- Fujita K, Denda K, Yamamoto M, Matsumoto T, Fujime M, Irimura T: Expression of MUC1 mucins inversely correlated with post-surgical survival of renal cell carcinoma patients. Br J Cancer. 1999, 80 (1–2): 301-308. 10.1038/sj.bjc.6690355.View ArticleGoogle Scholar
- Mayer M, Kies U, Kammermeier R, Buchner J: BiP and PDI cooperate in the oxidative folding of antibodies in vitro. J Biol Chem. 2000, 275 (38): 29421-29425. 10.1074/jbc.M002655200.View ArticleGoogle Scholar
- Matlack KE, Misselwitz B, Plath K, Rapoport TA: BiP acts as a molecular ratchet during posttranslational transport of prepro-alpha factor across the ER membrane. Cell. 1999, 97 (5): 553-564. 10.1016/S0092-8674(00)80767-9.View ArticleGoogle Scholar
- Liu YY, Woo JH, Neville DM: Overexpression of an anti-CD3 immunotoxin increases expression and secretion of molecular chaperone BiP/Kar2p by Pichia pastoris. Appl Environ Microbiol. 2005, 71 (9): 5332-5340. 10.1128/AEM.71.9.5332-5340.2005.View ArticleGoogle Scholar
- Willems A, Leoen J, Schoonooghe S, Grooten J, Mertens N: Optimizing expression and purification from cell culture medium of trispecific recombinant antibody derivatives. J Chromatogr B Analyt Technol Biomed Life Sci. 2003, 786 (1–2): 161-176.View ArticleGoogle Scholar
- Sauer PW, Burky JE, Wesson MC, Sternard HD, Qu L: A high-yielding, generic fed-batch cell culture process for production of recombinant antibodies. Biotechnol Bioeng. 2000, 67 (5): 585-597. 10.1002/(SICI)1097-0290(20000305)67:5<585::AID-BIT9>3.0.CO;2-H.View ArticleGoogle Scholar
- Farid SS: Process economics of industrial monoclonal antibody manufacture. J Chromatogr B Analyt Technol Biomed Life Sci. 2007, 848 (1): 8-18. 10.1016/j.jchromb.2006.07.037.View ArticleGoogle Scholar
- Lu D, Jimenez X, Zhang H, Bohlen P, Witte L, Zhu Z: Fab-scFv fusion protein: an efficient approach to production of bispecific antibody fragments. J Immunol Methods. 2002, 267 (2): 213-226. 10.1016/S0022-1759(02)00148-5.View ArticleGoogle Scholar
- Cregg JM, Cereghino JL, Shi J, Higgins DR: Recombinant protein expression in Pichia pastoris. Mol Biotechnol. 2000, 16 (1): 23-52. 10.1385/MB:16:1:23.View ArticleGoogle Scholar
- Gasser B, Mattanovich D: Antibody production with yeasts and filamentous fungi: on the road to large scale?. Biotechnol Lett. 2007, 29 (2): 201-212. 10.1007/s10529-006-9237-x.View ArticleGoogle Scholar
- Lange S, Schmitt J, Schmid RD: High-yield expression of the recombinant, atrazine-specific Fab fragment K411B by the methylotrophic yeast Pichia pastoris. J Immunol Methods. 2001, 255 (1–2): 103-114. 10.1016/S0022-1759(01)00351-9.View ArticleGoogle Scholar
- Wang XB, Zhao BF, Zhao Q, Piao JH, Liu J, Lin Q, Huang HL: A new recombinant single chain trispecific antibody recruits T lymphocytes to kill CEA (carcinoma embryonic antigen) positive tumor cells in vitro efficiently. J Biochem. 2004, 135 (4): 555-565. 10.1093/jb/mvh065.View ArticleGoogle Scholar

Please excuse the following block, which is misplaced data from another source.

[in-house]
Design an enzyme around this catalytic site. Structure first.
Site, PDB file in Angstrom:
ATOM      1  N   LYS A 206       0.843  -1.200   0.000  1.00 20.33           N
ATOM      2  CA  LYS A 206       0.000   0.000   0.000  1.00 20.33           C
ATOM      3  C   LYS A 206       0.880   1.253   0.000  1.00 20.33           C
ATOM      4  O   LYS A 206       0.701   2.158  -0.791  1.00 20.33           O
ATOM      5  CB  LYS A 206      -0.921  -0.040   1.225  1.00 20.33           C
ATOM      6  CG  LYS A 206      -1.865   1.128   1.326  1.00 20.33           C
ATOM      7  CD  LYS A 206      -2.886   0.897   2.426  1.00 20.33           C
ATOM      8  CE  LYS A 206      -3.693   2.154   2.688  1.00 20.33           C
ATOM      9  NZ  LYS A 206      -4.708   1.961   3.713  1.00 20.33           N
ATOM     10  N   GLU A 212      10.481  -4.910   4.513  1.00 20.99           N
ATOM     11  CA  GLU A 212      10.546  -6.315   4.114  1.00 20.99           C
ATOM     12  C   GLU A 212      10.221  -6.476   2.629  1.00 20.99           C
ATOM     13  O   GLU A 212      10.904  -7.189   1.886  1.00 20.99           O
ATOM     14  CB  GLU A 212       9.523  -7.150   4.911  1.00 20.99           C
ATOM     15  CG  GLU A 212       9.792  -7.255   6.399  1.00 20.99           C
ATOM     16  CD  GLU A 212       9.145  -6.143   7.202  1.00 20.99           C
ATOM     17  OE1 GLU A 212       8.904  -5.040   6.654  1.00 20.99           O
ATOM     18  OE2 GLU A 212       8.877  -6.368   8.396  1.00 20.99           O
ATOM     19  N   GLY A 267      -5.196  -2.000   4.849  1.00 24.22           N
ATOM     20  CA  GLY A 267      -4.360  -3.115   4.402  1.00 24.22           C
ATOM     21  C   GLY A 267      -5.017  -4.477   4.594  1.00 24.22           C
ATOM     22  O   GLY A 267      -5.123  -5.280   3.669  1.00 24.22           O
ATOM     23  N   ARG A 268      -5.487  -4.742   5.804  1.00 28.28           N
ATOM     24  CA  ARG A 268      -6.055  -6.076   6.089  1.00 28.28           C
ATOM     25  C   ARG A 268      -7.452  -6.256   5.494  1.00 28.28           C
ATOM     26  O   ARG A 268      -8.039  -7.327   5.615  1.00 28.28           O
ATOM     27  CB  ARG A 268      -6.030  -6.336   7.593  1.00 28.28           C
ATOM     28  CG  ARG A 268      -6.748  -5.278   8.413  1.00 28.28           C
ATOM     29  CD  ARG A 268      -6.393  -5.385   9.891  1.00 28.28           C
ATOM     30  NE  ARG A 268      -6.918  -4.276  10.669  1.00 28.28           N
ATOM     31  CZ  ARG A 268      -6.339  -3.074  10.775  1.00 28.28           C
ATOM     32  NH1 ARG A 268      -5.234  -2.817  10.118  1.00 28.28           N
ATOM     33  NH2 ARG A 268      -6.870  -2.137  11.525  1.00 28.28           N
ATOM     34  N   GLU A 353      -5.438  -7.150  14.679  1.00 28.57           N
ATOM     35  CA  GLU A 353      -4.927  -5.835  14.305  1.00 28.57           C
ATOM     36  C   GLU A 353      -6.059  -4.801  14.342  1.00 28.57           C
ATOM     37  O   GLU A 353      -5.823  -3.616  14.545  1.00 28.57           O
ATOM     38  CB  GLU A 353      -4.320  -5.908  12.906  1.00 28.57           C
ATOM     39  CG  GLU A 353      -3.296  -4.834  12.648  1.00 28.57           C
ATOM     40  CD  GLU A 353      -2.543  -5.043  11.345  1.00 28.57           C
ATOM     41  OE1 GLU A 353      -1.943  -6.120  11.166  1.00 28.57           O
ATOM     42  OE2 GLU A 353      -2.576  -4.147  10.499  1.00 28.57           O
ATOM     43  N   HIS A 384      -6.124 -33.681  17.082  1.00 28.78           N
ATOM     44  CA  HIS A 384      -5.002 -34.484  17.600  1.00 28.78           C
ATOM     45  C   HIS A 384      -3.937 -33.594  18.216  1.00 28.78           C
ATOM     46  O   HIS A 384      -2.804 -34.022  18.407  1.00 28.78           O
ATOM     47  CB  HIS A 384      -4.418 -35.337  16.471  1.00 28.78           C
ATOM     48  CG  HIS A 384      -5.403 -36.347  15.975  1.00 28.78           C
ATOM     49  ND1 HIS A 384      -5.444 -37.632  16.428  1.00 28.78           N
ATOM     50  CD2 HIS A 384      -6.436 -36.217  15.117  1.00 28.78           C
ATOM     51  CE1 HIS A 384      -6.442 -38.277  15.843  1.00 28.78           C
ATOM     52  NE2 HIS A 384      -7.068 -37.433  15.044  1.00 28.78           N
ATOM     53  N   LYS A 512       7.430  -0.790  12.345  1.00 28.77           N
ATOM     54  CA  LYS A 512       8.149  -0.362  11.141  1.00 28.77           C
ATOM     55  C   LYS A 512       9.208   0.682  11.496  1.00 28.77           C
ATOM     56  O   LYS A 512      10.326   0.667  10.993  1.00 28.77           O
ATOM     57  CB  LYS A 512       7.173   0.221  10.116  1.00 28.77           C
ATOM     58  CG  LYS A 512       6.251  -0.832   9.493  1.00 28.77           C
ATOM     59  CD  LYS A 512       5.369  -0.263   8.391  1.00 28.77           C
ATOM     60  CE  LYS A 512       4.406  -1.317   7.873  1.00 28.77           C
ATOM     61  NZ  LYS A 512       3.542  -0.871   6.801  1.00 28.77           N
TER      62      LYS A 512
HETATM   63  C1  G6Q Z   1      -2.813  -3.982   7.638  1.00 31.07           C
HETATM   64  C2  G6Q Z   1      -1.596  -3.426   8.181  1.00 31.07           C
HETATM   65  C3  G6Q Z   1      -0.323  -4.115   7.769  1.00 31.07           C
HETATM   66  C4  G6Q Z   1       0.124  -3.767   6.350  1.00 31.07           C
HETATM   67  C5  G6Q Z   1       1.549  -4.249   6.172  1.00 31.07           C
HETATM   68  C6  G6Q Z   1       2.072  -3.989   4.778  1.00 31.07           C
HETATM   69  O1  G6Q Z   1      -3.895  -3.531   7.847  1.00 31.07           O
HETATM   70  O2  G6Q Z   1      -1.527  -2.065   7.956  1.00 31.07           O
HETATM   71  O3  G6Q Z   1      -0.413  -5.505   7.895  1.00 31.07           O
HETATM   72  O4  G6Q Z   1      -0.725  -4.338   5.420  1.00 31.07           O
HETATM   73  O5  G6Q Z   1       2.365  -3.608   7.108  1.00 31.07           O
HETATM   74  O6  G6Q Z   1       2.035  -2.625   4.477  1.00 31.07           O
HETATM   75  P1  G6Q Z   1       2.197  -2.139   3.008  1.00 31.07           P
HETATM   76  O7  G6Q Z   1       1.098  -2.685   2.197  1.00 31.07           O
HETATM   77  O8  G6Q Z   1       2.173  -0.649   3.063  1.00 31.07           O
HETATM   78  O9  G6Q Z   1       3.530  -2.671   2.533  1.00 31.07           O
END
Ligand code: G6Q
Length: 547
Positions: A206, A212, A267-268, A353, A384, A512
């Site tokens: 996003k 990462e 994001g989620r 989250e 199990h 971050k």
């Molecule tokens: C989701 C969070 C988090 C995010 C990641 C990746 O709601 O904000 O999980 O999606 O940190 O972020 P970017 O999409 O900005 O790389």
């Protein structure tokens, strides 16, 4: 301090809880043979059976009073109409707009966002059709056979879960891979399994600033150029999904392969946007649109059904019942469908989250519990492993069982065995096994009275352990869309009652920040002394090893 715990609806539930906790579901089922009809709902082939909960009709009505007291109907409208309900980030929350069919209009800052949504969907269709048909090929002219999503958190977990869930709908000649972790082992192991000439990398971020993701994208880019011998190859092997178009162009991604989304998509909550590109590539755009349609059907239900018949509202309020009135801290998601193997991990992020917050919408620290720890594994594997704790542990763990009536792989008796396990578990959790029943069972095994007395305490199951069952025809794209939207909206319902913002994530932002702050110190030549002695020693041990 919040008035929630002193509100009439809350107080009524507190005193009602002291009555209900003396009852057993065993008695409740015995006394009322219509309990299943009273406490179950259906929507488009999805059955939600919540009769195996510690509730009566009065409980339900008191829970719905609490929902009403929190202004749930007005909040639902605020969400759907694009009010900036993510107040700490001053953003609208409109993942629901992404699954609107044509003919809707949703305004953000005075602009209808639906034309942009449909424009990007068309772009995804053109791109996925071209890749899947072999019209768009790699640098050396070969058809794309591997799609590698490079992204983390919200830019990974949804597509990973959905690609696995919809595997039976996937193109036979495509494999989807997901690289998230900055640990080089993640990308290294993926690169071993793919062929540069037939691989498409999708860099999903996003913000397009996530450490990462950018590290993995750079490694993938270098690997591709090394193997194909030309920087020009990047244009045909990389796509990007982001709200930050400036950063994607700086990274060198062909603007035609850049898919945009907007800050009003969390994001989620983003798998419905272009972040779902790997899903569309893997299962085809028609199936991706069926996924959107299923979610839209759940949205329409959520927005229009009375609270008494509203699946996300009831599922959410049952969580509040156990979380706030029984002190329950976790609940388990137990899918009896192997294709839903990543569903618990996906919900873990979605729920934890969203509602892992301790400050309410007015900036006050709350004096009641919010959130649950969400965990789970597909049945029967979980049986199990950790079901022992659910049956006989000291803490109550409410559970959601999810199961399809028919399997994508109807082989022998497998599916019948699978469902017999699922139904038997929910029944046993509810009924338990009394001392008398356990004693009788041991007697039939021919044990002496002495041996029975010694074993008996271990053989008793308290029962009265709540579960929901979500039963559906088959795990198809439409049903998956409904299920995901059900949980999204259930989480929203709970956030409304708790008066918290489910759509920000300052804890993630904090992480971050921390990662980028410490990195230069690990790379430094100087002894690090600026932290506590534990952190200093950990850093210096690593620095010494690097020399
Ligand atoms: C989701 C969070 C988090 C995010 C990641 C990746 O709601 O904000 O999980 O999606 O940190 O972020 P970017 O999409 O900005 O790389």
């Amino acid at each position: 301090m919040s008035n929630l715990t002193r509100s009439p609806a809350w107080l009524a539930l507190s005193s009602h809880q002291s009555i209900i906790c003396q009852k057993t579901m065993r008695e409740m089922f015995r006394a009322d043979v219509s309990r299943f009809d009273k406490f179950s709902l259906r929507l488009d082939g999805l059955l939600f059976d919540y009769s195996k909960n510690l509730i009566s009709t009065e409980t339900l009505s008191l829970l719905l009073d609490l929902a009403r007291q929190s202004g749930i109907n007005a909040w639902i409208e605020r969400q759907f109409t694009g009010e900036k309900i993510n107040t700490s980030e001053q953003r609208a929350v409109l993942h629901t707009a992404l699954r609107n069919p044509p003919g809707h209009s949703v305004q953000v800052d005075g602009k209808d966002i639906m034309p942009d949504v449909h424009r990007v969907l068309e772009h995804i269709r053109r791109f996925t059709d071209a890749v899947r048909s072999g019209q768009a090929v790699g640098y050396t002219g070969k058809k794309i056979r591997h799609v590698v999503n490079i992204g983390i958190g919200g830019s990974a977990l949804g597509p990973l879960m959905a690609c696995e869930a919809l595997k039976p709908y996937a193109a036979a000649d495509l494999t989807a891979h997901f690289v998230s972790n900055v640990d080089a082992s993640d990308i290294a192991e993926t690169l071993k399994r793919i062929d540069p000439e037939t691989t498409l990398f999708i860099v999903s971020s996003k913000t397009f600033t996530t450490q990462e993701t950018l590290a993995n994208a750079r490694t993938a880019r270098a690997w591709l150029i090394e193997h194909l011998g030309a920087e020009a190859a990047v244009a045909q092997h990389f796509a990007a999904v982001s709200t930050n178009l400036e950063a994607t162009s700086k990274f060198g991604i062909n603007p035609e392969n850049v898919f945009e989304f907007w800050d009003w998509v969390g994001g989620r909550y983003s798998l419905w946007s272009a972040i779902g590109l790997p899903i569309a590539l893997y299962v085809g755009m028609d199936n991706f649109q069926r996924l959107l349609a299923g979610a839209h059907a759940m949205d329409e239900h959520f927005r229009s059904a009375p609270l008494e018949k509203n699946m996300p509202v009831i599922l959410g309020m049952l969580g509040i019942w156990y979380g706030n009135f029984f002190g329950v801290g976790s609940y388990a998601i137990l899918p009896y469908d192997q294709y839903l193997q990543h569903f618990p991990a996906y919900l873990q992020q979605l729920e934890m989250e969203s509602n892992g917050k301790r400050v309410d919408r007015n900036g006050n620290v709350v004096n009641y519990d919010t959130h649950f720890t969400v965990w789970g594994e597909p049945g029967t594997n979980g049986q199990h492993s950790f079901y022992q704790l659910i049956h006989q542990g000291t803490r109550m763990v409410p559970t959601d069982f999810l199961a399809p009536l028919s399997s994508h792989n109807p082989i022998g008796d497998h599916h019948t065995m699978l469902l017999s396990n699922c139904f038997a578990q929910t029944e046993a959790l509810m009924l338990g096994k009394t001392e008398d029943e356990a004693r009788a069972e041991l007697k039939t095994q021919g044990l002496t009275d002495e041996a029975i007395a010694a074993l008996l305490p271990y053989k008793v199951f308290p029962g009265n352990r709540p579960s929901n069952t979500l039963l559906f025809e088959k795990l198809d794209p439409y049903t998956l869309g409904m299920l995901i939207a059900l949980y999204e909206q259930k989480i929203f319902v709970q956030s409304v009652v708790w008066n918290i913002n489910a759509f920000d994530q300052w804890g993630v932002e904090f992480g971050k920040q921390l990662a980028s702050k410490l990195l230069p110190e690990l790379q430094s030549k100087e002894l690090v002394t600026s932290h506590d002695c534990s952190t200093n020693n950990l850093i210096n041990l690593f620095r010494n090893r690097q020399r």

- Liu J, Zhao Q, Zhao B, Cheng J, Wang X, Song L, Zhong Z, Lin Q, Huang H: A new format of single chain tri-specific antibody with diminished molecular size efficiently induces ovarian tumor cell killing. Biotechnol Lett. 2005, 27 (22): 1821-1827. 10.1007/s10529-005-6732-4.View ArticleGoogle Scholar
- Atwell JL, Breheney KA, Lawrence LJ, McCoy AJ, Kortt AA, Hudson PJ: scFv multimers of the anti-neuraminidase antibody NC10: length of the linker between VH and VL domains dictates precisely the transition between diabodies and triabodies. Protein Eng. 1999, 12 (7): 597-604. 10.1093/protein/12.7.597.View ArticleGoogle Scholar
- Bayly AM, Kortt AA, Hudson PJ, Power BE: Large-scale bacterial fermentation and isolation of scFv multimers using a heat-inducible bacterial expression vector. J Immunol Methods. 2002, 262 (1–2): 217-227. 10.1016/S0022-1759(02)00021-2.View ArticleGoogle Scholar
- Henderikx P, Coolen-van Neer N, Jacobs A, Linden van der E, Arends JW, Mullberg J, Hoogenboom HR: A human immunoglobulin G1 antibody originating from an in vitro-selected Fab phage antibody binds avidly to tumor-associated MUC1 and is efficiently internalized. Am J Pathol. 2002, 160 (5): 1597-1608.View ArticleGoogle Scholar
- DuBridge RB, Tang P, Hsia HC, Leong PM, Miller JH, Calos MP: Analysis of mutation in human cells by using an Epstein-Barr virus shuttle system. Mol Cell Biol. 1987, 7 (1): 379-387.View ArticleGoogle Scholar
- Niwa H, Yamamura K, Miyazaki J: Efficient selection for high-expression transfectants with a novel eukaryotic vector. Gene. 1991, 108 (2): 193-199. 10.1016/0378-1119(91)90434-D.View ArticleGoogle Scholar
- O'Mahoney JV, Adams TE: Optimization of experimental variables influencing reporter gene expression in hepatoma cells following calcium phosphate transfection. DNA Cell Biol. 1994, 13 (12): 1227-1232. 10.1089/dna.1994.13.1227.View ArticleGoogle Scholar
This article is published under license to BioMed Central Ltd. This is an Open Access article distributed under the terms of the Creative Commons Attribution License (http://creativecommons.org/licenses/by/2.0), which permits unrestricted use, distribution, and reproduction in any medium, provided the original work is properly cited.